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January 11, 2021

COVID-19: New Economic Aid Act Includes a Multitude of Changes to the Paycheck Protection Program

On December 27, 2020, President Trump signed the new coronavirus relief bill that included The Economic Aid to Hard-Hit Small Businesses, Nonprofits, and Venues Act (the Economic Aid Act). The Economic Aid Act reopens the Paycheck Protection Program (PPP) application window for initial borrowers until March 31, 2021, and adds an additional $284.5 billion to the PPP, with $35 billion set aside for first-time borrowers with 500 or fewer employees and $15 billion for first-time borrowers with 10 or fewer employees and businesses in distressed areas.

Who is Eligible?

Eligible borrowers for a PPP loan include the following:

  1. A small business concern under the applicable revenue-based size standard established by the Small Business Administration (SBA) in 13 CFR 121.201 for its particular industry or under the SBA alternative size standards
  2. Independent contractors, eligible self-employed individuals, or sole proprietors
  3. A business concern, a tax-exempt nonprofit organization, a tax-exempt veterans organization, or a tribal business concern with no more than the greater of 500 employees employed or, if applicable, the size standard in number of employees established by the SBA
  4. A housing cooperative, an eligible section 501(c)(6) organization, or an eligible destination marketing organization that employs no more than 300 employees
  5. A news organization that is majority owned or controlled by a NAICS code 511110 or 5151 business or nonprofit public broadcasting entity, that employs no more than 500 employees (or, if applicable, the size standard in number of employees established by the SBA) per location

In addition, a borrower must have been in operation on February 15, 2020, and either had employees for whom salaries and payroll taxes were paid, paid independent contractors as reported on Form 1099-MISC, or had been an eligible self-employed individual, independent contractor, or sole proprietorship with no employees. A borrower must submit documentation sufficient to establish eligibility and to demonstrate the qualifying payroll amount. Seasonal businesses will be considered to have been in operation as of February 15, 2020, if the business was in operation for any 12-week period between February 15, 2019, and February 15, 2020.

It is important to note that a self-employed borrower must have filed or will file a Form 1040 Schedule C for 2019. If a self-employed individual was not in operation in 2019 but was in operation on February 15, 2020, a Form 1040, Schedule C must have been filed for 2020. If a self-employed individual has not yet filed a 2020 return, Schedule C must be filled out. Partners in a partnership may not submit separate PPP loan applications as self-employed individuals but rather are included in the partnership’s application. SBA guidance issued on January 6, 2021, provides additional information on eligibility requirements for news organizations with more than one physical location, hospitals owned by governmental entities, businesses that receive revenue from legal gaming, electric cooperatives that are exempt from federal income taxation, telephone cooperatives that are exempt from federal income taxation, housing cooperatives, nonprofit and tax-exempt news organizations, destination marketing organizations, and 501(c)(6) organizations.

Calculating the Maximum Borrowing Amount

Under the PPP, the maximum loan amount for first draw PPP loans is the lesser of $10 million or an amount calculated using an authorized payroll-based formula. PPP loans approved in 2020 used 2019 or the one-year period prior to the date on which the loan is made to calculate payroll costs. A borrower applying for a PPP loan in 2021 can elect to use either payroll in 2019 or 2020. A borrower who is not self-employed is also permitted to use the exact one-year period immediately before the date on which the loan is made to calculate payroll costs if the borrower chooses not to use 2019 or 2020.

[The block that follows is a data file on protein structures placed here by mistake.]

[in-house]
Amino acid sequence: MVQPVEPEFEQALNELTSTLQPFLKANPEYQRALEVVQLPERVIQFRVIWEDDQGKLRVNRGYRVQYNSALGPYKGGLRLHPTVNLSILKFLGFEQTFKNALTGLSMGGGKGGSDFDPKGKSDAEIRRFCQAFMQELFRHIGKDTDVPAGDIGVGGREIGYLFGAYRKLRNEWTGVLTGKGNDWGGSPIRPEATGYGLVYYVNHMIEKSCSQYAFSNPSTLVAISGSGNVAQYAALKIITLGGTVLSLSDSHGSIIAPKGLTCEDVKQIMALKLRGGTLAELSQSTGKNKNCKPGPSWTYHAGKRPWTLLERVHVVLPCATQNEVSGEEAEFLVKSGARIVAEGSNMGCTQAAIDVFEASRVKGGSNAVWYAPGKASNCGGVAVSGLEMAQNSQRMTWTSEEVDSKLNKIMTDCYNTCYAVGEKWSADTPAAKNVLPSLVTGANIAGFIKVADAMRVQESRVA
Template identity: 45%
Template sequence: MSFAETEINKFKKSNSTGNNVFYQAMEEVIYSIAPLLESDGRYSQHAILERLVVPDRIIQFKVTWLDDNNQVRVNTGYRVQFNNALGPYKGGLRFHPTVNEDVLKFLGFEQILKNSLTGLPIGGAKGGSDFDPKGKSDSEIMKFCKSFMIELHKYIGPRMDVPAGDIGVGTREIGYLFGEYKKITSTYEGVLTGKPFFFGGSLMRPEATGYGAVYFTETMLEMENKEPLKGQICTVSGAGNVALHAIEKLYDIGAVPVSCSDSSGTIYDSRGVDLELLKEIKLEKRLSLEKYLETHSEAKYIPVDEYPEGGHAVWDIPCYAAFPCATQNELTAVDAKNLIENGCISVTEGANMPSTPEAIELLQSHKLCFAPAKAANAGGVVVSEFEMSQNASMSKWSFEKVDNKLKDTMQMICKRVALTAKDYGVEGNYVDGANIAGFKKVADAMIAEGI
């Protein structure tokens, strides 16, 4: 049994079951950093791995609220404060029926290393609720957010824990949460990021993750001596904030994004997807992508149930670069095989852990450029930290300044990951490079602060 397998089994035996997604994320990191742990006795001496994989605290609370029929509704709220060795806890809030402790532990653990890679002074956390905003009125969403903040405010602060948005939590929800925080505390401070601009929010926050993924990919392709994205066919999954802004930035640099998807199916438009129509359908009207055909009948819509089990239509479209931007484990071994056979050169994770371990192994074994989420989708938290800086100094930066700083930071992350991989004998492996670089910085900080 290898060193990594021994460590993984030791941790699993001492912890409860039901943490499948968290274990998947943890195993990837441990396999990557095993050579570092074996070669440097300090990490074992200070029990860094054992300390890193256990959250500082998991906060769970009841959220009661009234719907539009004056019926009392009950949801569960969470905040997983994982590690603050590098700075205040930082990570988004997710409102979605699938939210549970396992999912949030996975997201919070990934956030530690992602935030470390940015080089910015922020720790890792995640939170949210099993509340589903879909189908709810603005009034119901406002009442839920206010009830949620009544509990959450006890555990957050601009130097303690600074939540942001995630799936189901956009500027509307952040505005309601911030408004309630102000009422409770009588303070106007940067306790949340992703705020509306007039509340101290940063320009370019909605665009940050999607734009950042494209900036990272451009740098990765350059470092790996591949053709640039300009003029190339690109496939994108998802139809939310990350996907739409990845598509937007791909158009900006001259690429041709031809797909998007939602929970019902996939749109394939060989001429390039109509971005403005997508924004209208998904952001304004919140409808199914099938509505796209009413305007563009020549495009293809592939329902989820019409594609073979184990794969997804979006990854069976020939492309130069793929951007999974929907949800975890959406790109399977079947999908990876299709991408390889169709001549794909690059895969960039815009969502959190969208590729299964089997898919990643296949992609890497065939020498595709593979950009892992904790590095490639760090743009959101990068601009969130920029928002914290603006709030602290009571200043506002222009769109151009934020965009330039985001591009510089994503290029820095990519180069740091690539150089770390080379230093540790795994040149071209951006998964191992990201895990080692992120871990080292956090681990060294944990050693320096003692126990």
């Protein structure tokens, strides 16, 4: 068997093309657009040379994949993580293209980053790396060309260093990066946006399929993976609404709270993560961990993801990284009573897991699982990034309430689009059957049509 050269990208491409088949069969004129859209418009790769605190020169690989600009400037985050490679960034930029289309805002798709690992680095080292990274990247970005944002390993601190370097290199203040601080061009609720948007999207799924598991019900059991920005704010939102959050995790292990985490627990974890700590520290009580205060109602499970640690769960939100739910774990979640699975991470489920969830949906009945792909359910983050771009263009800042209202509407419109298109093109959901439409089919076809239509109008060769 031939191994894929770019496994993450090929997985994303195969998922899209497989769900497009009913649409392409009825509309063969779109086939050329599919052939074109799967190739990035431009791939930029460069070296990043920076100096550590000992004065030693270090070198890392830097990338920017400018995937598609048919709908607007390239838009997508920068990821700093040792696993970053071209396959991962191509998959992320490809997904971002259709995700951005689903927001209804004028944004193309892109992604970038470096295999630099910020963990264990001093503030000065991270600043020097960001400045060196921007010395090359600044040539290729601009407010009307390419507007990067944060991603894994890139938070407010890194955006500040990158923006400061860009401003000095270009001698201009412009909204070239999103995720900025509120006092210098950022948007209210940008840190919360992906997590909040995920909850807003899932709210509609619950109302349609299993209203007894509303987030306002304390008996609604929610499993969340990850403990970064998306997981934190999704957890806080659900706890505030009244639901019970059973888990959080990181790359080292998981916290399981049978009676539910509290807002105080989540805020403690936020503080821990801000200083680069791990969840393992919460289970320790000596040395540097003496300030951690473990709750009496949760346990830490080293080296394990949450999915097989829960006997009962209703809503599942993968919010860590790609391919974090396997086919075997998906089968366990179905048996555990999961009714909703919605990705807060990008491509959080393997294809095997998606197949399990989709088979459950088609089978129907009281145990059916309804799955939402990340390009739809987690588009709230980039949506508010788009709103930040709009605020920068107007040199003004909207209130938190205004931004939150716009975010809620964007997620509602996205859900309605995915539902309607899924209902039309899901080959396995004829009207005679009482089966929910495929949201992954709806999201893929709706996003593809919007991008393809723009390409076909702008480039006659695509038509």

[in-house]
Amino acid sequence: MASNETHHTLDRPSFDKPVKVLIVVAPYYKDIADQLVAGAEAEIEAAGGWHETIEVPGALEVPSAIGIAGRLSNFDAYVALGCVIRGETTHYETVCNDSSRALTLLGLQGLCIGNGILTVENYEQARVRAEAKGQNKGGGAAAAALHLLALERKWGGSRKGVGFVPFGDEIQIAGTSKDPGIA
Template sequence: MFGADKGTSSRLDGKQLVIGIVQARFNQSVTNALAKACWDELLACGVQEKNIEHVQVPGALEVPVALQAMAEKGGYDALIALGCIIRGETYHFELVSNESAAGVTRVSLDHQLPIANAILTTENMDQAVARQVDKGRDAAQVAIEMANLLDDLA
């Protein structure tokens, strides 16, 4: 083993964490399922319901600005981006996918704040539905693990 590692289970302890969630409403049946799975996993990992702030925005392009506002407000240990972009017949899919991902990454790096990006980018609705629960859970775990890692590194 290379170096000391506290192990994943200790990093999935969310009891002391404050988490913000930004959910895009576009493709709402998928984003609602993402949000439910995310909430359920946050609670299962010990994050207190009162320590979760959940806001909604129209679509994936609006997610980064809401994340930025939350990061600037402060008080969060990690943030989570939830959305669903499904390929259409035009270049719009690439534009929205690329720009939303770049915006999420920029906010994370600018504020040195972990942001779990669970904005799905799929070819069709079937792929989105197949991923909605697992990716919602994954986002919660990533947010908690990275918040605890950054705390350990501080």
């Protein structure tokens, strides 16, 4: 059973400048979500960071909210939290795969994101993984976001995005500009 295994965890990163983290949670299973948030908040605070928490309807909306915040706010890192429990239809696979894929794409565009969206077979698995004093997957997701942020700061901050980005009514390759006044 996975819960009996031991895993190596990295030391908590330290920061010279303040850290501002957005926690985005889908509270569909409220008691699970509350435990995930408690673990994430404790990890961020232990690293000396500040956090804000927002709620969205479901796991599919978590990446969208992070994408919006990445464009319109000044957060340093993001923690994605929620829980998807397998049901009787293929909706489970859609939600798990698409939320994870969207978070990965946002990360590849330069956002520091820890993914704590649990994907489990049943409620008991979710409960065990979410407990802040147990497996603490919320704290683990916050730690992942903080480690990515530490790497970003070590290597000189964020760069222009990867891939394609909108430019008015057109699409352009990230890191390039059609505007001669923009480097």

A step-by-step illustration of the calculation for the maximum loan amount is available in the recently released SBA guidance. The guidance provides additional information on calculating the maximum loan amount for income from self-employment, seasonal employers, farmers and ranchers, and partnerships.

It is important to note that payroll costs consist of compensation to employees in the form of (1) salary, wages, commissions, or similar compensation; (2) cash tips or the equivalent (either based on past records or, in the absence of past records, good-faith employer estimate); (3) payment for vacation, parental, family, medical, or sick leave; (4) allowance for separation or dismissal; (5) payment for the provision of employee benefits consisting of group health care or group life, disability, vision, or dental insurance, including insurance premiums, and retirement; (6) payment of state and local taxes assessed on compensation of employees; and (7) for an independent contractor or sole proprietor, wages, commissions, income, or net earnings from self-employment, or similar compensation.

Excluded from payroll costs are (1) any compensation of an employee whose principal place of residence is outside the United States; (2) the compensation of an individual employee in excess or $100,000 on an annualized basis, as prorated for the period during which payments are made or the obligation to make the payments is incurred; (3) federal employment taxes imposed or withheld during the applicable period, including the employee’s and employer’s share of Federal Insurance Contributions Act and Railroad Retirement Act taxes, and income taxes required to be withheld from employees; and (4) qualified sick and family leave wages for which a credit is allowed under sections 7001 and 7003 of the Families First Coronavirus Response Act.

Terms of the Loan

On the PPP borrower application, an authorized representative of the applicant must certify in good faith to several certifications. It is important to note, however, that any PPP borrower, together with its affiliates, that received a PPP loan with an original principal amount of less than $2 million, will be deemed to have made the required certification concerning the necessity of the loan request in good faith.

The interest rate of a PPP loan is 1 percent, calculated on a noncompounding, nonadjustable basis. The loan matures in five years. The SBA guarantees 100 percent of the PPP loan and there is no collateral or personal guarantees required.